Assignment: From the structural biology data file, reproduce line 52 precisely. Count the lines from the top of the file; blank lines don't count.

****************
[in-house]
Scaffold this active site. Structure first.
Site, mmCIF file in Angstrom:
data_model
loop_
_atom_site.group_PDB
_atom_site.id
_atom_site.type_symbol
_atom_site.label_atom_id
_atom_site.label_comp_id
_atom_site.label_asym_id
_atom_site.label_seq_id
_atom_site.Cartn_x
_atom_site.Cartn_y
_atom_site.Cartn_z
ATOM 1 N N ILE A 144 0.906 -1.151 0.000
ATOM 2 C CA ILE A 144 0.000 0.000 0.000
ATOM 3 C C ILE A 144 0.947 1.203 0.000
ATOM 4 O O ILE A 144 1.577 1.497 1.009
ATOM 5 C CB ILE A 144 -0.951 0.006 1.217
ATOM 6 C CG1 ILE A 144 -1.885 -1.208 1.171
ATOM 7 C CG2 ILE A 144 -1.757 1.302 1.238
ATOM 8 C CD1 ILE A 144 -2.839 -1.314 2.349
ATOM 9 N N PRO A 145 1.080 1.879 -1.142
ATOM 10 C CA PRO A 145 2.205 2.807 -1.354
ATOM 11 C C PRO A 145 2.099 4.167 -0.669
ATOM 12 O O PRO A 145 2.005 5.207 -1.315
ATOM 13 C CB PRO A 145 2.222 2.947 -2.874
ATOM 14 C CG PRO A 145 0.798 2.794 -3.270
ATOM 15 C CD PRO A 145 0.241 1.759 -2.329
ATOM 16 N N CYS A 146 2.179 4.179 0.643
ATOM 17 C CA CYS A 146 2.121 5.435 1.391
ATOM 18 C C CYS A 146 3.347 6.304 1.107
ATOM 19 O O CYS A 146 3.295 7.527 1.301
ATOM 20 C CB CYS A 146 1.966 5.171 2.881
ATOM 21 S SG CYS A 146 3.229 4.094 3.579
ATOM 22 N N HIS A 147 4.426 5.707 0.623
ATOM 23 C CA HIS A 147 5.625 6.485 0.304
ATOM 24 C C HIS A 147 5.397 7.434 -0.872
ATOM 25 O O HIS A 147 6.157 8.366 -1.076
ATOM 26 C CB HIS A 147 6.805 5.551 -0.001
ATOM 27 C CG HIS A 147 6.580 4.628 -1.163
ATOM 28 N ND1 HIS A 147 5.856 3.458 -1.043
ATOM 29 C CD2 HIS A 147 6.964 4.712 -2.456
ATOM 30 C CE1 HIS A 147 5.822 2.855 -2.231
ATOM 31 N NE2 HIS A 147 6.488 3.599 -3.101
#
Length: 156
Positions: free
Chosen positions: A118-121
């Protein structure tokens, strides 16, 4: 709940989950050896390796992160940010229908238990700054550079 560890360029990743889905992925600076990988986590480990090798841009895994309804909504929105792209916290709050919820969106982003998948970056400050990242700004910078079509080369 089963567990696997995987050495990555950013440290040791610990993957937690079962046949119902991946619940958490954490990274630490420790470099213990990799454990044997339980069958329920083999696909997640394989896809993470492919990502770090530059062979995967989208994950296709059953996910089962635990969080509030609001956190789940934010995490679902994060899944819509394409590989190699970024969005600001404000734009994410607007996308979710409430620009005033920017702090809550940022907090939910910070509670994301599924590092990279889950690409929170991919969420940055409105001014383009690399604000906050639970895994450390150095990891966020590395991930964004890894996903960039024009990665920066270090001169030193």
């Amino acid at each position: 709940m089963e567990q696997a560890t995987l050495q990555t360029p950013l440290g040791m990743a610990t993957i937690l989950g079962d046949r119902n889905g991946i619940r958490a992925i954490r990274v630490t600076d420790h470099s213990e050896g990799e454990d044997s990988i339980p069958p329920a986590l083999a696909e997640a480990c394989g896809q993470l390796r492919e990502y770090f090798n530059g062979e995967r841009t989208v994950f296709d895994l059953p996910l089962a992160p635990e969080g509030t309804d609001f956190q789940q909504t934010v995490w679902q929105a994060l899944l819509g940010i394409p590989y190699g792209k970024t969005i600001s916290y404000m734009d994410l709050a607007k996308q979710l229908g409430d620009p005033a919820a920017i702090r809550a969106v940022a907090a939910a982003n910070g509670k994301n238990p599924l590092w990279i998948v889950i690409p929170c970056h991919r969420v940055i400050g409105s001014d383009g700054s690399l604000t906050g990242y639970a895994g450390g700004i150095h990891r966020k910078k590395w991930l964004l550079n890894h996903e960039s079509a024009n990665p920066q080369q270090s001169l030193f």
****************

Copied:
């Amino acid at each position: 709940m089963e567990q696997a560890t995987l050495q990555t360029p950013l440290g040791m990743a610990t993957i937690l989950g079962d046949r119902n889905g991946i619940r958490a992925i954490r990274v630490t600076d420790h470099s213990e050896g990799e454990d044997s990988i339980p069958p329920a986590l083999a696909e997640a480990c394989g896809q993470l390796r492919e990502y770090f090798n530059g062979e995967r841009t989208v994950f296709d895994l059953p996910l089962a992160p635990e969080g509030t309804d609001f956190q789940q909504t934010v995490w679902q929105a994060l899944l819509g940010i394409p590989y190699g792209k970024t969005i600001s916290y404000m734009d994410l709050a607007k996308q979710l229908g409430d620009p005033a919820a920017i702090r809550a969106v940022a907090a939910a982003n910070g509670k994301n238990p599924l590092w990279i998948v889950i690409p929170c970056h991919r969420v940055i400050g409105s001014d383009g700054s690399l604000t906050g990242y639970a895994g450390g700004i150095h990891r966020k910078k590395w991930l964004l550079n890894h996903e960039s079509a024009n990665p920066q080369q270090s001169l030193f």